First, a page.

What would be your advice to a PhD wanting a job similar to yours?

Take every opportunity you can to write and present. In addition to your own manuscripts, take advantage of any offers to contribute to book chapters, reviews, commentaries, etc. Write for a research blog (like Scizzle!) or a department or program newsletter. Attend conferences or participate in symposiums or presentation opportunities at your institution to become comfortable and efficient with poster and oral presentations. For entry-level medical writing positions, effective scientific communication skills will really be the key to demonstrate that you are a strongly qualified candidate. And network. I know everyone says that for every position, but it’s true. Create a professional social media presence and look for opportunities to meet people in the field.


What are the top three things on your To Do list right now?

Right now, I need to finish editing the monthly rheumatology literature review we prepare for our rheumatology clients, submit a manuscript, and prepare an outline for a new manuscript that we will be kicking off next week.


What are your favorite – and least favorite – parts of the job?

My favorite part of the job is writing manuscripts. It’s the most writing-intensive task, and writing is really my passion. I love the feeling of accomplishment that comes with turning a collection of data into an intelligible story. My least favorite part is making slide presentations, but that’s only because I’ve never been particularly fond of the software used to make said presentations. The most challenging part for me is conference coverage. Travel to and from the conference, long days of taking detailed notes during conference sessions and meeting with clients, and tight deadlines for creating conference summary documents afterward can be exhausting. But getting to travel to new places is fun.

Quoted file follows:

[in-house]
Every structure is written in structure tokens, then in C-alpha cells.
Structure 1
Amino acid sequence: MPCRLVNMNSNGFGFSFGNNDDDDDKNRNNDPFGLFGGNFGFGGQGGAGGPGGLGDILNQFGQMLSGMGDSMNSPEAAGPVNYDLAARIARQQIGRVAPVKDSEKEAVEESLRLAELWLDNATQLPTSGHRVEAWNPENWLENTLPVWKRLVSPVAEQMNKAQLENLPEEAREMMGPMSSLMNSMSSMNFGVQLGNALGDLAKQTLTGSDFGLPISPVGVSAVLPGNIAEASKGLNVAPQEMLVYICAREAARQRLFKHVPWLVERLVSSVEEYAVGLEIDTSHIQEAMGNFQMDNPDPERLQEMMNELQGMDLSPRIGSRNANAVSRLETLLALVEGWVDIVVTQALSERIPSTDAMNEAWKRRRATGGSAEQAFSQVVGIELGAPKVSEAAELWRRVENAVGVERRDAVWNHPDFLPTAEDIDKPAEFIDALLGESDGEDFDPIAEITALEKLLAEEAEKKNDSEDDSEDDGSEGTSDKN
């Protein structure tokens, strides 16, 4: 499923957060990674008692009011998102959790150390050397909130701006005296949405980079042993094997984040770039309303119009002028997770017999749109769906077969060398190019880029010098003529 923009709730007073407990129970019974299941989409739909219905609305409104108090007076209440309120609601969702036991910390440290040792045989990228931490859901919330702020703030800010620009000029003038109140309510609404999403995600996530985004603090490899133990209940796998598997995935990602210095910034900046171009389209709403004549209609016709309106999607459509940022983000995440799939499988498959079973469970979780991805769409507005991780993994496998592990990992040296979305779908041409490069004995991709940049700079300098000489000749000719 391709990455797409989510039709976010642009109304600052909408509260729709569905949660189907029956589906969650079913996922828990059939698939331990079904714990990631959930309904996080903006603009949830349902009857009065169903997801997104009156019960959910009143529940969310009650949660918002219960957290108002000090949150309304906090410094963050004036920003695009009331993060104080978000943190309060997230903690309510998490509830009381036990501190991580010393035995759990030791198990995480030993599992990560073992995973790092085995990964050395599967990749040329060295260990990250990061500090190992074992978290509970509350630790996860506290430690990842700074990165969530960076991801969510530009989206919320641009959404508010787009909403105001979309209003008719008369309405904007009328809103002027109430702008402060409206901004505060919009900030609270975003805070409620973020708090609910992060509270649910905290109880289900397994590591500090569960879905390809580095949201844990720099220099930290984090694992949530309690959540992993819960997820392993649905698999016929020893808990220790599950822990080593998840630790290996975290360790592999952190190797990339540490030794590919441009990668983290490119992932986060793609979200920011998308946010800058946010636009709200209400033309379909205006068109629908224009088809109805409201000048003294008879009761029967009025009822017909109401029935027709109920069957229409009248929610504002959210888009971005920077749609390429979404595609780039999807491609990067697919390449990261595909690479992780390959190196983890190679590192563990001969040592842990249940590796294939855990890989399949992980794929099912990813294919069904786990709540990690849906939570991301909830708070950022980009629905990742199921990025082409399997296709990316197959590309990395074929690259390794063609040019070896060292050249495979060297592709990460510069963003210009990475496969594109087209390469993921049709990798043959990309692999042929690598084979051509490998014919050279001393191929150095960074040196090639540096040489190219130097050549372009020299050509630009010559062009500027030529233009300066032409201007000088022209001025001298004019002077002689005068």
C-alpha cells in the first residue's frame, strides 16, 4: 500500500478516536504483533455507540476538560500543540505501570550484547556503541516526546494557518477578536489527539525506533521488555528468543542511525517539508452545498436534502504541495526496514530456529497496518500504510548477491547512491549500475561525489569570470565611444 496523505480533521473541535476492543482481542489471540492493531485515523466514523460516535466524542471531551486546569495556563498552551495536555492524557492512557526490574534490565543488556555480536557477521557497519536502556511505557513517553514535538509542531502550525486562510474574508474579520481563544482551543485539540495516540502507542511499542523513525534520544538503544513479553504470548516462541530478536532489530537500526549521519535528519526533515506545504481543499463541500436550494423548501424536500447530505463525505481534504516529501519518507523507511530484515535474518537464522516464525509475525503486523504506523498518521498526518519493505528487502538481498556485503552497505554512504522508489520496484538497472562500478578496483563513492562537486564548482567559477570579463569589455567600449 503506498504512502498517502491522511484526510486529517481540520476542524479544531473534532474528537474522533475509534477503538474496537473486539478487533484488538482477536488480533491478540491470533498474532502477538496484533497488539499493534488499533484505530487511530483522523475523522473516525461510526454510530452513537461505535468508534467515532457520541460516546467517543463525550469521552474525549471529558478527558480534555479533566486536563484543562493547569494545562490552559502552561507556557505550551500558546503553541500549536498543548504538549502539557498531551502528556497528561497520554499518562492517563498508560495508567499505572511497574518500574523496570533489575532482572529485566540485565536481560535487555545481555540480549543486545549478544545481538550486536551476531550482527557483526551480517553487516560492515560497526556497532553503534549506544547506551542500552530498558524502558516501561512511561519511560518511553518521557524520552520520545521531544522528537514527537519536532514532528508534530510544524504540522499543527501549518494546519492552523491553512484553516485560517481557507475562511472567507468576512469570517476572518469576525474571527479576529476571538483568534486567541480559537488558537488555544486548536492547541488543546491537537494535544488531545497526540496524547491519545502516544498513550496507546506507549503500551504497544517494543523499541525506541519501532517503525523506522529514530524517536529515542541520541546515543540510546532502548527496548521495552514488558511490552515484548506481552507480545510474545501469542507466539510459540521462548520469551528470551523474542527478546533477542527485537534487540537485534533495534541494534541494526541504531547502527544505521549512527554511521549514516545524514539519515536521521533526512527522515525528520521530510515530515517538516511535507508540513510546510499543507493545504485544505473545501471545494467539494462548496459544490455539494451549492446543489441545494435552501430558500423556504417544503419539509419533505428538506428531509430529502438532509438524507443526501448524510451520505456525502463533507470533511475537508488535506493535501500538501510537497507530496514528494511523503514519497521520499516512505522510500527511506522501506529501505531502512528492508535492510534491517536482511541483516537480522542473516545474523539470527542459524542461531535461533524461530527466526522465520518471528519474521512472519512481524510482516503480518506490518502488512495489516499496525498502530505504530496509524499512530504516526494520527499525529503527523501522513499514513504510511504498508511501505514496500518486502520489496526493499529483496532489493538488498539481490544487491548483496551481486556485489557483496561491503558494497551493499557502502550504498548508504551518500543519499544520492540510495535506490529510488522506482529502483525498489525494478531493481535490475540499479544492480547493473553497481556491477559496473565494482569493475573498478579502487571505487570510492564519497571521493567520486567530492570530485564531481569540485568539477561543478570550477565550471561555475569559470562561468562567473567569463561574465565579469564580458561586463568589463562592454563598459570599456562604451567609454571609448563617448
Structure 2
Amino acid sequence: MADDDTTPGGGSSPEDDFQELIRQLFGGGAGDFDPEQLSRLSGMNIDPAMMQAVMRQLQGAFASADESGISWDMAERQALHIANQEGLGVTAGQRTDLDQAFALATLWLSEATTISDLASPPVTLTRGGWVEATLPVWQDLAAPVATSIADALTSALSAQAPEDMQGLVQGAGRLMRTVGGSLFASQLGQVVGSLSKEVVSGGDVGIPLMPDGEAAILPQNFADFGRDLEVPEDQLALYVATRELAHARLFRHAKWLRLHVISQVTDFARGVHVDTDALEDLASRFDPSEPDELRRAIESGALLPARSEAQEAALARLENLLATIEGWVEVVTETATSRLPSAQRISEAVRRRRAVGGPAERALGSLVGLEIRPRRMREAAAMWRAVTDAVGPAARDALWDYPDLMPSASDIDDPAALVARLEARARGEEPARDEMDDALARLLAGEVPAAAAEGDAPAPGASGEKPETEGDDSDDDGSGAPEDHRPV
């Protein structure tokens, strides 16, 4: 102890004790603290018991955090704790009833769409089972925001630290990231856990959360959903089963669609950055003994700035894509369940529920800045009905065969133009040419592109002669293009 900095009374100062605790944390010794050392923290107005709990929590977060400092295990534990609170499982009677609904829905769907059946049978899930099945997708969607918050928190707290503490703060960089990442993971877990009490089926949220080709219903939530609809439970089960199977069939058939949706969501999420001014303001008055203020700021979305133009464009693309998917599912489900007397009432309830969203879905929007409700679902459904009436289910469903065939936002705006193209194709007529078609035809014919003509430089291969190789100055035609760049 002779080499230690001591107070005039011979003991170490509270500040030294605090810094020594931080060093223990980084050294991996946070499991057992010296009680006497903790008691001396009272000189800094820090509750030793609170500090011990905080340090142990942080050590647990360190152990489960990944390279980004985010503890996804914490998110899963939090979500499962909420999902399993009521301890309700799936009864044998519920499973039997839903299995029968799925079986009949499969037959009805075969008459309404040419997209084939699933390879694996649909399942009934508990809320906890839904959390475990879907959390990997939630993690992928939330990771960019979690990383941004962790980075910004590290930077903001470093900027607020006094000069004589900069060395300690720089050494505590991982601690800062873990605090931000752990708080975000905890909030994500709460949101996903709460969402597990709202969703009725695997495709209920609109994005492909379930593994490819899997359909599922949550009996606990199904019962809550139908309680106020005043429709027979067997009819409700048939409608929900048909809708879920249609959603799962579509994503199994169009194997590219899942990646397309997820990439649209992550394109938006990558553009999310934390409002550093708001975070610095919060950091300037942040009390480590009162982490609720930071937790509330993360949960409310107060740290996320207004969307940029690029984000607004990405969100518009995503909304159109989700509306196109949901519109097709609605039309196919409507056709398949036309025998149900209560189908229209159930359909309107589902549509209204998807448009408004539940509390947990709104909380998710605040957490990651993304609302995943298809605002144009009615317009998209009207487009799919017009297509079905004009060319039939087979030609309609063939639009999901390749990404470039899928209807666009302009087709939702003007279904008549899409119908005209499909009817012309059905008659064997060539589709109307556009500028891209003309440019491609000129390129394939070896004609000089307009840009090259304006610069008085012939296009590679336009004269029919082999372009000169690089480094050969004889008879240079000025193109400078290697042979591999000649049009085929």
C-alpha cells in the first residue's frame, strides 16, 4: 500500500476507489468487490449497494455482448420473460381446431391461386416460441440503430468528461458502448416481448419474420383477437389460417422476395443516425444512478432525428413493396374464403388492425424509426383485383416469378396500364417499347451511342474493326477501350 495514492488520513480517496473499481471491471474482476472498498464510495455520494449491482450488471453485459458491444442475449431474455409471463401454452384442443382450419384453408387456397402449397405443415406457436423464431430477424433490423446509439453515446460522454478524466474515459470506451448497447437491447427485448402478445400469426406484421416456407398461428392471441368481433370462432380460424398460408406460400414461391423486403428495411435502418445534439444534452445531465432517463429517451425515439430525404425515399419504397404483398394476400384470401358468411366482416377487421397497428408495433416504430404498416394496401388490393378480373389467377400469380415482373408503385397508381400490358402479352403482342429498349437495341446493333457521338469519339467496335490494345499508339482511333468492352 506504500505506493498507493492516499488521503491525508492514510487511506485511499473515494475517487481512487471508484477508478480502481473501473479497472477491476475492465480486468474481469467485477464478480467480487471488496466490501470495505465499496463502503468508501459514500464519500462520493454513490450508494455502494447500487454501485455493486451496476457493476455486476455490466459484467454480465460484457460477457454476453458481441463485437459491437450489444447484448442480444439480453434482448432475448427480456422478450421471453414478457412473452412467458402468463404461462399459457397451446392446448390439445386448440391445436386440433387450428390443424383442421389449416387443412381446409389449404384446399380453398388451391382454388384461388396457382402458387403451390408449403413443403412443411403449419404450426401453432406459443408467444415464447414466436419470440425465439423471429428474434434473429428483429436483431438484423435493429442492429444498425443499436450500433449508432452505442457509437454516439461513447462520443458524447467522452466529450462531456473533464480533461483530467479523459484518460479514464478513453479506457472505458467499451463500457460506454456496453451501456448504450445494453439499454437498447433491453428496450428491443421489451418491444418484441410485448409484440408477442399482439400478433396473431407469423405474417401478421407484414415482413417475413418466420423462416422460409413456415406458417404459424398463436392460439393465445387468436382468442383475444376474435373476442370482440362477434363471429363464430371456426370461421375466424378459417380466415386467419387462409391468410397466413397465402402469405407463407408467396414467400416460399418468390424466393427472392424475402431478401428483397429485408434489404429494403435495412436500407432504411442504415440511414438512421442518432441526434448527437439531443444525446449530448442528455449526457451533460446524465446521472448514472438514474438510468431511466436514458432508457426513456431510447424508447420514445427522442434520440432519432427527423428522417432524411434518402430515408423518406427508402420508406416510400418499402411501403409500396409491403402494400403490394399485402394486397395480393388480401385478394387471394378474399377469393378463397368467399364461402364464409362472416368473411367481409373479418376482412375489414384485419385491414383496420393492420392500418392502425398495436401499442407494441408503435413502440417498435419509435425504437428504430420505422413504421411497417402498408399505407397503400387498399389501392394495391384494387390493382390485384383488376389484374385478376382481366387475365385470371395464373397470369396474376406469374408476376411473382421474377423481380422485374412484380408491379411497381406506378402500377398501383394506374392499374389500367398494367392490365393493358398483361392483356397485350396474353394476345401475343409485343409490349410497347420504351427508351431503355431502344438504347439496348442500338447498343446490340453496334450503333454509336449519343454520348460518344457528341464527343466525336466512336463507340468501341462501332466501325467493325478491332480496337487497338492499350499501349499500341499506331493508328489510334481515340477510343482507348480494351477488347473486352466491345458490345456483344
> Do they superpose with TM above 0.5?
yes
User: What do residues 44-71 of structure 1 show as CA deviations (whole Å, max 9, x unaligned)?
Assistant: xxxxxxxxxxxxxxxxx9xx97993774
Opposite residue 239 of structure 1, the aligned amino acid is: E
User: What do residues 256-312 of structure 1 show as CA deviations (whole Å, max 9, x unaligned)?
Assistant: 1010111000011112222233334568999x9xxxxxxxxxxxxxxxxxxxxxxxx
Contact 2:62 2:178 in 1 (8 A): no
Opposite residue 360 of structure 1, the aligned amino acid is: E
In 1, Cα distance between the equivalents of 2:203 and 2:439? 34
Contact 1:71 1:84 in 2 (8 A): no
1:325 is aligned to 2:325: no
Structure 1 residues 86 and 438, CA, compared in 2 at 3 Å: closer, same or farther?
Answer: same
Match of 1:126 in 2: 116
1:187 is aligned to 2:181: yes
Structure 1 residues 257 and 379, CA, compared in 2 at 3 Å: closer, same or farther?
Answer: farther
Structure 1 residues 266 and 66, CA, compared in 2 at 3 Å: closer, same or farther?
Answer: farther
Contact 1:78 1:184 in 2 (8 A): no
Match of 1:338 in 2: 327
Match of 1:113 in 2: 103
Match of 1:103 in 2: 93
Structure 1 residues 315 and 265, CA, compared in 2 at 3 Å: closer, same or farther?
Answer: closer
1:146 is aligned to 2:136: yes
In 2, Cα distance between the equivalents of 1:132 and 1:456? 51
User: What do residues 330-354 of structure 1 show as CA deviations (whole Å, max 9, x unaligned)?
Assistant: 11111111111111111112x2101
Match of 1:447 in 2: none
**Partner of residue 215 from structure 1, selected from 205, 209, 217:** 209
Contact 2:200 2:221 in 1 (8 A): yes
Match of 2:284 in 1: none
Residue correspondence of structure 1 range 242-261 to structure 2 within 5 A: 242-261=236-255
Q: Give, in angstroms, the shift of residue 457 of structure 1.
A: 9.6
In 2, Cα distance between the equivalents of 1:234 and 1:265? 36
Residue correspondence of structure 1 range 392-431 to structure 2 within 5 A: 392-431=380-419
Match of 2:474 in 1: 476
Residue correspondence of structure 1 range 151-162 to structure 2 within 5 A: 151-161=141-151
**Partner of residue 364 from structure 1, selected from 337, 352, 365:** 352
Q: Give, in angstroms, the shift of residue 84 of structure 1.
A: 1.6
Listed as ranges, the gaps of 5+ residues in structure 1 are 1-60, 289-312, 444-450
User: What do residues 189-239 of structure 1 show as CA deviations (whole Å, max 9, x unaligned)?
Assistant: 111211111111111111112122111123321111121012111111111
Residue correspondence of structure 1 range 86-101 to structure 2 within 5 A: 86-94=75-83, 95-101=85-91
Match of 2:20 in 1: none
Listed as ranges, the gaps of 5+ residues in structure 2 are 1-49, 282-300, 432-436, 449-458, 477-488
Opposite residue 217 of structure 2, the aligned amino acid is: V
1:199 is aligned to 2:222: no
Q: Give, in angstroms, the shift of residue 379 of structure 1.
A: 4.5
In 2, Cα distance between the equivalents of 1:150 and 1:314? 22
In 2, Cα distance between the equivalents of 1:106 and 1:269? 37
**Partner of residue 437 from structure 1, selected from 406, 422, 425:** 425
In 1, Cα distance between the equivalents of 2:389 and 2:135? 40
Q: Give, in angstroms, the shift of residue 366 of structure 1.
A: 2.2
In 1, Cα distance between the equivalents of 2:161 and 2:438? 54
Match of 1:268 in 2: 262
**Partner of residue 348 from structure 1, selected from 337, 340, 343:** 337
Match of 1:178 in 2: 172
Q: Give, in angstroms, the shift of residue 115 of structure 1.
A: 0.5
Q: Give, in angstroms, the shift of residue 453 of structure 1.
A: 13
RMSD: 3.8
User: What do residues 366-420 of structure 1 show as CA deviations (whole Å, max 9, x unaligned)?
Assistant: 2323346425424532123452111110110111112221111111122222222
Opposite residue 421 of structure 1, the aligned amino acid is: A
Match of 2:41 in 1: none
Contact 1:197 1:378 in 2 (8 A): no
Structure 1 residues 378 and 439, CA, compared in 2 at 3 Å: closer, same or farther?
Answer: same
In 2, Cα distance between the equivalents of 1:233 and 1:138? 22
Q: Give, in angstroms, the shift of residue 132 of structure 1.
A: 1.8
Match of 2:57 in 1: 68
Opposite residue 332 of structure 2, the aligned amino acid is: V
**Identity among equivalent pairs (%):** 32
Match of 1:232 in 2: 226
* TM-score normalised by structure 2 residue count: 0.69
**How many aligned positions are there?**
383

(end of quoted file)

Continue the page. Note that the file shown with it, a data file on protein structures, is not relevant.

Is there anything you miss about academia? What was the biggest adjustment or most challenging aspect of moving from academia to your current job?

I don’t miss anything about being at the bench or the academic environment. The experience helped get me where I am today, but it just wasn’t the right fit for me long term. The biggest adjustment was getting used to not being on my feet all day – I have to remember to get up to walk around and stretch every once in awhile! The biggest challenges were learning the writing style preferred by our clients and adapting to the more formal style of communication required for interaction with clients.


How do you see your field developing over the next ten years?

From what I understand, there is a huge demand for people in the medical communications industry, so it seems that it’s a growing field. I imagine this growth will continue, since there is increasing demand for more transparency in scientific research, and medical communications companies can help increase the clarity of publications and the efficiency of the publication process.


What kind of positions does someone in your position move on to?

The next step after entry-level Medical Writer is Senior Medical Writer, which involves more projects, more independence and leadership in your projects, and opportunities to mentor newer medical writers. In my company, the next step would then be Associate Scientific Director, which involves more management responsibilities.


Finally, the all-important question: In the event of a zombie apocalypse, what skills would a Medical Writer bring to the table?